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Hi, I’m Kevin Coupe and this is MorningNewsBeat Radio, brought to you by Webstop, experts in the art of retail website design.

There was an interesting piece in Business Week the other day about health care reform, and how companies are playing a more active role in the delivery of health care services to their employees. One example: Toyota, which spent $9 million to open a health care facility to serve its workers in San Antonio, Texas. The clinic is run by Take Care Health Systems – which happens to be owned by Walgreen – and the article said that “the program has helped Toyota slash big-ticket medical items including referrals to highly paid specialists, emergency room visits, and the use of costly brand-name drugs. Plus, there are big productivity gains because workers don't have to leave the plant and drive to a doctor's office for routine medical matters.”

One estimate – admittedly made by Take Care Health, which certainly has a vested interest in the numbers looking good – says that “every dollar invested in setting up a clinic will return $3 to $5, even though on-site doctors spend an average of 20 minutes with each patient—more than double the national average for primary-care physicians.”

Toyota isn’t alone in pursuing this strategy. Other companies that pursuing similar strategies include Disney and Harrah’s. The other good news is this: at a time when the rising cost of health care benefits often is a bone of contention during labor negotiations, both employees and the unions that represent them seem pretty happy with this corporate foray into the health care business.

All this made me think about how these tactics could be adapted in the retailing business. One of the downsides of opening a clinic is that the general consensus is that you have to have at least a thousand people working in a location to make the numbers work, and not many stores have many employees in one spot.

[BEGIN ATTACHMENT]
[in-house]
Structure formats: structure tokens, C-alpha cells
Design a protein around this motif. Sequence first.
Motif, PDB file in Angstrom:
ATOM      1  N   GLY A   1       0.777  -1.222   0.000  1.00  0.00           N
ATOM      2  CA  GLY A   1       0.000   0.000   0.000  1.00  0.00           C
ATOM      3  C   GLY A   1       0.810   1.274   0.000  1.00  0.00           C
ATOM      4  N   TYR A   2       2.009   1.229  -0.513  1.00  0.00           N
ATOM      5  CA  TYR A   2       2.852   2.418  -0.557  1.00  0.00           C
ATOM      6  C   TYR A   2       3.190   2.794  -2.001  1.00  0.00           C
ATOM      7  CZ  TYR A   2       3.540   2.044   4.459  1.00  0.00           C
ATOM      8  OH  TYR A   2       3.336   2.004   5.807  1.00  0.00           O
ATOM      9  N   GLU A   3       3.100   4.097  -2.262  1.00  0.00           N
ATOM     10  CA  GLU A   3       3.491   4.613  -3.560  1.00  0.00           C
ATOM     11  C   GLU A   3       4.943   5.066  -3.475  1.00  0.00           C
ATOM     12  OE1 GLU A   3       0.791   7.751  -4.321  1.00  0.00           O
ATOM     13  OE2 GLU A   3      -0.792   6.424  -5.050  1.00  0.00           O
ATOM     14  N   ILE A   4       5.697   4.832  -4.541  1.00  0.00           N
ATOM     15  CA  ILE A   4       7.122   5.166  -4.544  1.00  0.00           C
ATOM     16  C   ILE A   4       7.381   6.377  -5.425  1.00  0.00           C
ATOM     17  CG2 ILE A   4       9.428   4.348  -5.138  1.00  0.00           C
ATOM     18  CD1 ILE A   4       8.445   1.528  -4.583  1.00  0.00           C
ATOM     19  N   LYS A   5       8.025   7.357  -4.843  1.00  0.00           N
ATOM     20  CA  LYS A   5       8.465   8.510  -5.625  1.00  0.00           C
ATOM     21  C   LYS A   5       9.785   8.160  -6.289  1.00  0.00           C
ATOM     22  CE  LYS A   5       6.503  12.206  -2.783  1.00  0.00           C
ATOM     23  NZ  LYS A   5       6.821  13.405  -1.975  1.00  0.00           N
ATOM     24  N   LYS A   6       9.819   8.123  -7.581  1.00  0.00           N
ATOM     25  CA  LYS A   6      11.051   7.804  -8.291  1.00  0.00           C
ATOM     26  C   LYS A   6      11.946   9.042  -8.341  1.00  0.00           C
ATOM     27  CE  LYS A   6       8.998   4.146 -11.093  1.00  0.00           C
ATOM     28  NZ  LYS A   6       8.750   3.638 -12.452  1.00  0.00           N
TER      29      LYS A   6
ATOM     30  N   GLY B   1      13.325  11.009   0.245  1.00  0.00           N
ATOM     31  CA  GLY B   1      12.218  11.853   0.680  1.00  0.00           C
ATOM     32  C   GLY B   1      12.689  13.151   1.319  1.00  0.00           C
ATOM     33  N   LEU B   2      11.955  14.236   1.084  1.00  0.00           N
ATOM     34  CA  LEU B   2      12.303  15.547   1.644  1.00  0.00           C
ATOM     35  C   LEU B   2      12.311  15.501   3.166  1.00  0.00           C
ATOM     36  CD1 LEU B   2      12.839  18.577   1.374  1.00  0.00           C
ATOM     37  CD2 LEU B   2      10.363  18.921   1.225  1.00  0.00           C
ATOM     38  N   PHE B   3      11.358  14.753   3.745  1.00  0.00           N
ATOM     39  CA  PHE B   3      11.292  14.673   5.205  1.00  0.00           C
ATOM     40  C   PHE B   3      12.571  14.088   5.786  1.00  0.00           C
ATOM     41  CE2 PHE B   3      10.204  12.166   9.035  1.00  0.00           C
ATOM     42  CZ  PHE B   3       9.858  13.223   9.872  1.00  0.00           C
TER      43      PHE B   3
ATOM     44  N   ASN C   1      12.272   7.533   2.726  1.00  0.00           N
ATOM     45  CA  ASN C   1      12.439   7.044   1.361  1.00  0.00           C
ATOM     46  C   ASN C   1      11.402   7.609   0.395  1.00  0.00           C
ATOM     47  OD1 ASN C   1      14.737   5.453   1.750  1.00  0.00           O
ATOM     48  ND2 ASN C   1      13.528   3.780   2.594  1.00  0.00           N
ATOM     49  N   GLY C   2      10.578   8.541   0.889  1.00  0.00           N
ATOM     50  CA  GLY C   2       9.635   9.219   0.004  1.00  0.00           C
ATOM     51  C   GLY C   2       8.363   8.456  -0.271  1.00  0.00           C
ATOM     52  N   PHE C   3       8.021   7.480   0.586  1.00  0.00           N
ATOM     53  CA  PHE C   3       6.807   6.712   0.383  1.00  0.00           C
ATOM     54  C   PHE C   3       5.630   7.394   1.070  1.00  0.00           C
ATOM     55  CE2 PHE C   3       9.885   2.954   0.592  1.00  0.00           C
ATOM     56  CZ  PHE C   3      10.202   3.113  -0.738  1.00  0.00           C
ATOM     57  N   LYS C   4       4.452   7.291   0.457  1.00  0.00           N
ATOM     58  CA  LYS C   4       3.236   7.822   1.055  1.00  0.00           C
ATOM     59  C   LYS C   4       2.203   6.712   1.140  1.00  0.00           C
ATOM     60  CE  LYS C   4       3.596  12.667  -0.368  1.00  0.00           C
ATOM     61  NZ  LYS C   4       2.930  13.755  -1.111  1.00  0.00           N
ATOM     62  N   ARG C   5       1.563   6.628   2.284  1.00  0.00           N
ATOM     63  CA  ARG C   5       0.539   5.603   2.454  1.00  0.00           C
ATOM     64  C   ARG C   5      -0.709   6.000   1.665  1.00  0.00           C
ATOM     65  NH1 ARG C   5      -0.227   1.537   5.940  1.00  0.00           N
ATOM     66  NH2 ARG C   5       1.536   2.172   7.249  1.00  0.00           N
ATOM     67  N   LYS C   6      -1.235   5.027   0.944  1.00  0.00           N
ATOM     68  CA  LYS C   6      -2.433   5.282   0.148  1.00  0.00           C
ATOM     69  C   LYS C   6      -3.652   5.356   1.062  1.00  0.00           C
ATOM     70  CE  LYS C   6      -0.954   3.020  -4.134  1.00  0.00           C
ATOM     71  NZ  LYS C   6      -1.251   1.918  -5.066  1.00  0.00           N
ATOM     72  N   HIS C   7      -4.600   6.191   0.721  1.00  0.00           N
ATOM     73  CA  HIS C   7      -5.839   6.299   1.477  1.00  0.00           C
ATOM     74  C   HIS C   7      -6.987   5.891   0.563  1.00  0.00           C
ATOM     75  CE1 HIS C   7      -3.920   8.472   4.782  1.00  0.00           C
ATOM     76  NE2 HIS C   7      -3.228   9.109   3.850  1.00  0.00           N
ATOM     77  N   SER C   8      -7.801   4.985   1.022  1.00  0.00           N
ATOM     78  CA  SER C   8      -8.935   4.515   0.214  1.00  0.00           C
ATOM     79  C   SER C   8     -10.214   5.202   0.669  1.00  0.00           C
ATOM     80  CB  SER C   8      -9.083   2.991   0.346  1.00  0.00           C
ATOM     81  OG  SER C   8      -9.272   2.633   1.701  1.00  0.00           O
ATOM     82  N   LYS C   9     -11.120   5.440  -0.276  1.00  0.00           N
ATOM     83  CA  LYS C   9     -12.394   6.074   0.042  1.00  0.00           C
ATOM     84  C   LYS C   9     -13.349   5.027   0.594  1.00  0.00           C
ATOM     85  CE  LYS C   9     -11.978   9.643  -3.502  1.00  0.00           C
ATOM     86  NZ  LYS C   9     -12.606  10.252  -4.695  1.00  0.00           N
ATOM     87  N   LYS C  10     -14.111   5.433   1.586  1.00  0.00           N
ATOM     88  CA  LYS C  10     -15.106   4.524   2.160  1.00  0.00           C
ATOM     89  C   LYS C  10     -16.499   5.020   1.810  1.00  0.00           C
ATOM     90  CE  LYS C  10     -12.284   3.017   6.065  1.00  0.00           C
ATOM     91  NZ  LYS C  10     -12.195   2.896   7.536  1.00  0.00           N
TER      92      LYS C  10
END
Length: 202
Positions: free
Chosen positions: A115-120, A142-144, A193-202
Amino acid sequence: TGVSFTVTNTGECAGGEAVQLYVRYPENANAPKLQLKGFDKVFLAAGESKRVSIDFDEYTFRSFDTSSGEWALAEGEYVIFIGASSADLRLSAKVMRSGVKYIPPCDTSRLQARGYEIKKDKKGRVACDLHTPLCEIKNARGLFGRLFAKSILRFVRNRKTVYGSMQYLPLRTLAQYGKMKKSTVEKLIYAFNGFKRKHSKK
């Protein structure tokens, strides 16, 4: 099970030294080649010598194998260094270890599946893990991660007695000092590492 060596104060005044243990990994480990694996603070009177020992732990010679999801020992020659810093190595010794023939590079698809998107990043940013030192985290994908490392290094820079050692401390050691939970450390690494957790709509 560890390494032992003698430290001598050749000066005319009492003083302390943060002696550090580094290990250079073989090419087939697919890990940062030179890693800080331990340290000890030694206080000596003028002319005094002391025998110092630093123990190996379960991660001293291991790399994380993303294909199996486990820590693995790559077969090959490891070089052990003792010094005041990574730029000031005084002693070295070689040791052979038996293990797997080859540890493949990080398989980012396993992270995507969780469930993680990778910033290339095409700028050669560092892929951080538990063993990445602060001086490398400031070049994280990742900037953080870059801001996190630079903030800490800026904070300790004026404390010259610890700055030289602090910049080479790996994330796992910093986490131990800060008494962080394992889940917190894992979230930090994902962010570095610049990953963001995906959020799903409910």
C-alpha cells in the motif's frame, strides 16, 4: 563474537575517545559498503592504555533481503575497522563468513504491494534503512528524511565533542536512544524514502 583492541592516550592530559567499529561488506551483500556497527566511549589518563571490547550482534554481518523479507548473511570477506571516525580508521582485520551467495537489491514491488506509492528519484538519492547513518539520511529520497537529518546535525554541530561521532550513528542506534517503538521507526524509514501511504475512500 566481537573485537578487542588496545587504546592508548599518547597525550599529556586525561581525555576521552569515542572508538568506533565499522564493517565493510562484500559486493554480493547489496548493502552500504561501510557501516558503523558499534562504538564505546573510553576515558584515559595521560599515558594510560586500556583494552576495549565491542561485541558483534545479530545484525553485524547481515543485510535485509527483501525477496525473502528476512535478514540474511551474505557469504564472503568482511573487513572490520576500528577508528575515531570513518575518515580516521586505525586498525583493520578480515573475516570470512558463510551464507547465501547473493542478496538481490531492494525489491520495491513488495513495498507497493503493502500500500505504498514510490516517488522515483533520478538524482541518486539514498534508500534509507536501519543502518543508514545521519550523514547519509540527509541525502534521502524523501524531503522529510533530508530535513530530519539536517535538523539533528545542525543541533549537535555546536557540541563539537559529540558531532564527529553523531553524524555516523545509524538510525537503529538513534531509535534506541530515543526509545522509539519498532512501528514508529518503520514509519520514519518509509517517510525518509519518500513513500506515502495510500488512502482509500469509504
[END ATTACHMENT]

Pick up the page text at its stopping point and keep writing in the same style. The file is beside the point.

But maybe there is a way to approach this differently. Is there any reason (other than antitrust, though I’m not sure that this would play a role here) that retailers couldn’t work together to create a centralized health care facility that would take care of their employees? There might be concerns about big retailers in big markets doing so, but certainly small chains and independents – always looking to find any sort of advantage – could band together to create a health care clinic that could take care of their employees and even lower their costs. By doing so, they could become a preferred employer, which in itself would be a differential advantage.

I’ve always thought that big companies ought to employ what I call the ‘Northern Exposure” solution – they ought to offer to put young people through medical school if they will sign a contract that commits them to working for them over a specific period of years. These employers could have them going from store to store, or working in a single facility. They could spend some time working in in-store health clinics, even, and seeing consumers with questions or simple maladies.

This idea isn’t fully formed yet. It’s really still marinating. But it seems to me that if we’re going to attack these kinds of issues with any sort of effectiveness, w have to try new and innovative solutions.

It was, in many ways, the last line of the Business Week article that grabbed my attention and got me thinking. It quotes Tracy Swanson, who runs Disney’s health care program:

“We can't afford to wait for the government to solve this,” she said.

Damn right. Let the politicians debate and negotiate these issues. Retailers need to get ahead of the game and find their own solutions, because in the end, government probably will only provide a band-aid. Business, if it does this right, can provide a cure.

For MorningNewsBeat Radio, I’m Kevin Coupe.

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